One of the objects of the Municipal Museum Zierikzee (Province of Zealand, The Netherlands) is a historical herbarium referred to by the name the ‘Zierikzee Herbarium’. The characteristics of the specimens in the Zierikzee Herbarium are so similar to those in a herbarium at Naturalis Biodiversity Center, Leiden (L), that both must originate from the same place and time. About the latter herbarium little is known, except that it was once owned by the army-surgeon Simon(e) d’Oignies (1740–1782). The Zierikzee Herbarium was recently described and analysed in detail by Offerhaus et al. (2021). It is hypothesised that the Zierikzee Herbarium is part of a herbarium made by Professor Martinus Wilhelmus Schwencke (1707–1785) and was used during his lectures for future pharmacists in his botanical garden in The Hague in the 1750s, and auctioned in Leiden in 1785. The presence in the Zierikzee Herbarium of a virtually complete set of medicinal plants mentioned in the ‘Pharmacopoea Hagana’ (Anonymous 1738) eventually led to the conclusion that these could not have been assembled before 1730. Based on the printed ornaments that are used to mount the plants in these, and the major Dutch herbaria of the 18th century, I argue that the plants in the Zierikzee Herbarium and the herbarium of D’Oignies were remounted at a later date. The hypothesis by Offerhaus et al. (2021: 12) that the Zierikzee Herbarium was started between 1710 and 1720 is rejected. Arguments are given why it is unlikely that the Zierikzee Herbarium, as is suggested by Offerhaus et al. (2021: 12), is the herbarium of the head gardener of the Leiden botanic garden, Jacob Ligtvoet (1684–1752) and was auctioned in 1752.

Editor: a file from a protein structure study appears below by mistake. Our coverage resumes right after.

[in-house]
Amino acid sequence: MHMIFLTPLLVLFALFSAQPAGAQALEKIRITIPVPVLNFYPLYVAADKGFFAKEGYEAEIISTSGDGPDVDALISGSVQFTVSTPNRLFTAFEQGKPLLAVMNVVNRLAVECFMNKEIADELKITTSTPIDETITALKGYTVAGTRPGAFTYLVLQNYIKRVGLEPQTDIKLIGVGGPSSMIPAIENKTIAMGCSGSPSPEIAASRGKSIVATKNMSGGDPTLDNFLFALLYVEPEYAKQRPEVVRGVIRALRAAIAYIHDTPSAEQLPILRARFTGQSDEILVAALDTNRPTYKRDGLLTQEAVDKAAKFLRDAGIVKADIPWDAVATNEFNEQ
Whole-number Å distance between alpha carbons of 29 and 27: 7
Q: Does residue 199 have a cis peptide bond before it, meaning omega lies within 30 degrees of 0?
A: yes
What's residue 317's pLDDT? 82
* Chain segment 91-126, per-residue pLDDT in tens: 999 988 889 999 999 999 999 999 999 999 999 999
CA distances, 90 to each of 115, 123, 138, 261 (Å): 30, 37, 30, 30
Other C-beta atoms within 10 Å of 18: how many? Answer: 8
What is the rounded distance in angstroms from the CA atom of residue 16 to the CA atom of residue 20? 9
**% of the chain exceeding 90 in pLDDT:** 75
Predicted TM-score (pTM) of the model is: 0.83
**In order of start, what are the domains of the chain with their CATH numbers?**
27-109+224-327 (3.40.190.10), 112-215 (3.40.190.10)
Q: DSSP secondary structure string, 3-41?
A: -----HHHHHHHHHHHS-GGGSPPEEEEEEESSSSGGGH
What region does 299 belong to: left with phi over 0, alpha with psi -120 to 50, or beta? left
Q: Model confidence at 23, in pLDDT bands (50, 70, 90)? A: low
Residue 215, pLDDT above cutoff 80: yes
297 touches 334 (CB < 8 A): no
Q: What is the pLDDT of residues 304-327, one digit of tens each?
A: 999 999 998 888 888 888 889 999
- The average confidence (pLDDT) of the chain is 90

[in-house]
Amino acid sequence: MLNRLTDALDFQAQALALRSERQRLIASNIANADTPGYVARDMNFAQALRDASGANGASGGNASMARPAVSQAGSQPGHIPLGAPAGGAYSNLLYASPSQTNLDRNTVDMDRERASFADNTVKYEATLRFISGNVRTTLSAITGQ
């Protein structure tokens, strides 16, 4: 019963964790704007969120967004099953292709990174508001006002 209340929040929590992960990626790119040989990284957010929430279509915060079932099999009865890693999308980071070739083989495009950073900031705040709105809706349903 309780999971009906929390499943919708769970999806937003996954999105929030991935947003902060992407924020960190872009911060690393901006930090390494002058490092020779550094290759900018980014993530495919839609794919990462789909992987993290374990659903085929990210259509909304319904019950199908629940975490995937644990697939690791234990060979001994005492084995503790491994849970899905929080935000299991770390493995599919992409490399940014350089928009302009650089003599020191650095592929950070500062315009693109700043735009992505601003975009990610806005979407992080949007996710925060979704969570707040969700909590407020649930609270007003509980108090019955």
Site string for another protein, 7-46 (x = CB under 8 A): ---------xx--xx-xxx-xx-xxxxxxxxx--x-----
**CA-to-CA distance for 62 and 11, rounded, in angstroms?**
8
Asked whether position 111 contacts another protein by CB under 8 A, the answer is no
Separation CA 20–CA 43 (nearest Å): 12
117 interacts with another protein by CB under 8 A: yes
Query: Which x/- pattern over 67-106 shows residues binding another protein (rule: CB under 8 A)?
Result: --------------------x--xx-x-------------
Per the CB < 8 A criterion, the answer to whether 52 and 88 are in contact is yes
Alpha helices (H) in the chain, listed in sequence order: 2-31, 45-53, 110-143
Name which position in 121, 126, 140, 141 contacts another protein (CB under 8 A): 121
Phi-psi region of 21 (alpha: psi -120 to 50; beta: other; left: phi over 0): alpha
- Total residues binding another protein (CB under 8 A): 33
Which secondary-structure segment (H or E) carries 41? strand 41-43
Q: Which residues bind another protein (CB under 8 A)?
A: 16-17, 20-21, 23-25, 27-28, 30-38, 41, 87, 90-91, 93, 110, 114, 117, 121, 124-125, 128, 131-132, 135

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Naturalis Biodiversity Center
doi.org/10.3767/blumea.2021.66.03.09
Blumea: Biodiversity, Evolution and Biogeography of Plants
Naturalis journals & series

Thijsse, G. (2021). The four W's of two 18th century Dutch herbaria: the 'Zierikzee Herbarium' and the herbarium of Simon D'Oignies. Blumea: Biodiversity, Evolution and Biogeography of Plants, 66(3), 263–274. doi:10.3767/blumea.2021.66.03.09